The right windows can accent any home. They can be stylish and provide a lot of natural light. Having large or numerous windows, especially ones that face south, can have a negative effect as well. The ultraviolet rays coming from the sun can damage your carpet or furniture. The infrared sunlight will also warm up your house considerably, which during the summer may not be very helpful for your comfort or your wallet. A lot of extra sunlight during the summer can lead to much higher energy bills due to running the air conditioner more often.
To help combat these issues, special coating films have been developed for windows. These coatings appear invisible, so they let in just as much natural light as windows without the film, but the film filters out the infrared and UV light, reducing the amount of heat gain and damage to your flooring and furniture. Some people worry that the film, which is very similar to car window tinting, will alter the color of the light entering the room. According to Darrell Smith, the executive director at the International Window Film Association, the current generation of window film is much better than it used to be.
Old window films were dark in color in order to absorb a lot of light, or they were more reflective to reflect the light back. This resulted in blocking 65% of solar energy and light. Today’s films only work on the infrared and ultraviolet spectrums of light, thus letting in all of the natural visible light while blocking about 80% of the solar energy, including 99% of UVA and UVB light. If you’re looking to get your windows coated, ask for color neutral films. Regardless of whether you get color neutral or dark films, you will save about 5% to 10% on your monthly electricity bills thanks to keeping the solar heat gain down.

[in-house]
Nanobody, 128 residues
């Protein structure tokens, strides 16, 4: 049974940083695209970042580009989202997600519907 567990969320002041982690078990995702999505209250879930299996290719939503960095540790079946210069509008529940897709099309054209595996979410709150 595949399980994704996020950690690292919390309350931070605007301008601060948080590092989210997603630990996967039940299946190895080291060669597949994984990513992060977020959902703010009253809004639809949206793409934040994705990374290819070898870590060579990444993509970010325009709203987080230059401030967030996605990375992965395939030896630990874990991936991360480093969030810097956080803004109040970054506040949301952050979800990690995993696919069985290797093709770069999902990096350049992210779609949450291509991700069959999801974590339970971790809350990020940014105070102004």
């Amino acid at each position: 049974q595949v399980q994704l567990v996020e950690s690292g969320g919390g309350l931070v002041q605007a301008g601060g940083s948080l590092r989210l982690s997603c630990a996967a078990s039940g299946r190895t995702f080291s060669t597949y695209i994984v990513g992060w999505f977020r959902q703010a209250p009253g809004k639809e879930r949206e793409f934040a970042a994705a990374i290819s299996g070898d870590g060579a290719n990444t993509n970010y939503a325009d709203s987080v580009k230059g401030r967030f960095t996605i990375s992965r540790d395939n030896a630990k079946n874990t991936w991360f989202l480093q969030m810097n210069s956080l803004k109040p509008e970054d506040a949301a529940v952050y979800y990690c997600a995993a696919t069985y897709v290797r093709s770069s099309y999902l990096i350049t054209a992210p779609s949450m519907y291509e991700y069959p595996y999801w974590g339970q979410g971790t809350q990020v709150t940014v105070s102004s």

The window films available today can also lend to your home’s decor. They can be used to make your windows appear etched or frosted while offering the same amount of protection. Do keep in mind that if your windows are in need of being replacing, this will not fix them. Old windows may leak air, which can cause your energy bills to increase, as cold air will seep through from the outside. If your windows are relatively new and still covered by a warranty, contact the manufacturer to ensure that adding a film will not void your warranty.
Window films can get you tax credits of up to 10% or $500. Contact your energy provider to see if you qualify for such a credit. Installing window films can be a bit pricy, but the sooner you act, the lower the rate. In the summer, the prices tend to rise with the temperatures. A 30 sq. ft. window can cost anywhere from $120 to $270, depending on where you live.
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